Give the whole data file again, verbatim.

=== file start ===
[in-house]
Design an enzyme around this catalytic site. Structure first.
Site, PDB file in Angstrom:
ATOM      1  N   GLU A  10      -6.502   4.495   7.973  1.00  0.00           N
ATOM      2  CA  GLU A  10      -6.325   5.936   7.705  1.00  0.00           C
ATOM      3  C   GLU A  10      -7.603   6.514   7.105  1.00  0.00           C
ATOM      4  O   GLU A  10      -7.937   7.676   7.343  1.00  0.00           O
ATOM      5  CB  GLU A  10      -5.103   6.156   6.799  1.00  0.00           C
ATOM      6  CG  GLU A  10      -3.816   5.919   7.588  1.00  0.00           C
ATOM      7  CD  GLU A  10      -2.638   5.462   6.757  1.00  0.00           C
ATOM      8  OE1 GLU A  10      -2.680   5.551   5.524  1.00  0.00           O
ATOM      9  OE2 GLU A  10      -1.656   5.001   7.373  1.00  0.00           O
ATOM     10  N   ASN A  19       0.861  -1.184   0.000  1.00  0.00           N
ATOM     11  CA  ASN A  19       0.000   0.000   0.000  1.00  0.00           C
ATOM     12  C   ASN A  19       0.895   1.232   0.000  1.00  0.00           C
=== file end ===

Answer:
[in-house]
Design an enzyme around this catalytic site. Structure first.
Site, PDB file in Angstrom:
ATOM      1  N   GLU A  10      -6.502   4.495   7.973  1.00  0.00           N
ATOM      2  CA  GLU A  10      -6.325   5.936   7.705  1.00  0.00           C
ATOM      3  C   GLU A  10      -7.603   6.514   7.105  1.00  0.00           C
ATOM      4  O   GLU A  10      -7.937   7.676   7.343  1.00  0.00           O
ATOM      5  CB  GLU A  10      -5.103   6.156   6.799  1.00  0.00           C
ATOM      6  CG  GLU A  10      -3.816   5.919   7.588  1.00  0.00           C
ATOM      7  CD  GLU A  10      -2.638   5.462   6.757  1.00  0.00           C
ATOM      8  OE1 GLU A  10      -2.680   5.551   5.524  1.00  0.00           O
ATOM      9  OE2 GLU A  10      -1.656   5.001   7.373  1.00  0.00           O
ATOM     10  N   ASN A  19       0.861  -1.184   0.000  1.00  0.00           N
ATOM     11  CA  ASN A  19       0.000   0.000   0.000  1.00  0.00           C
ATOM     12  C   ASN A  19       0.895   1.232   0.000  1.00  0.00           C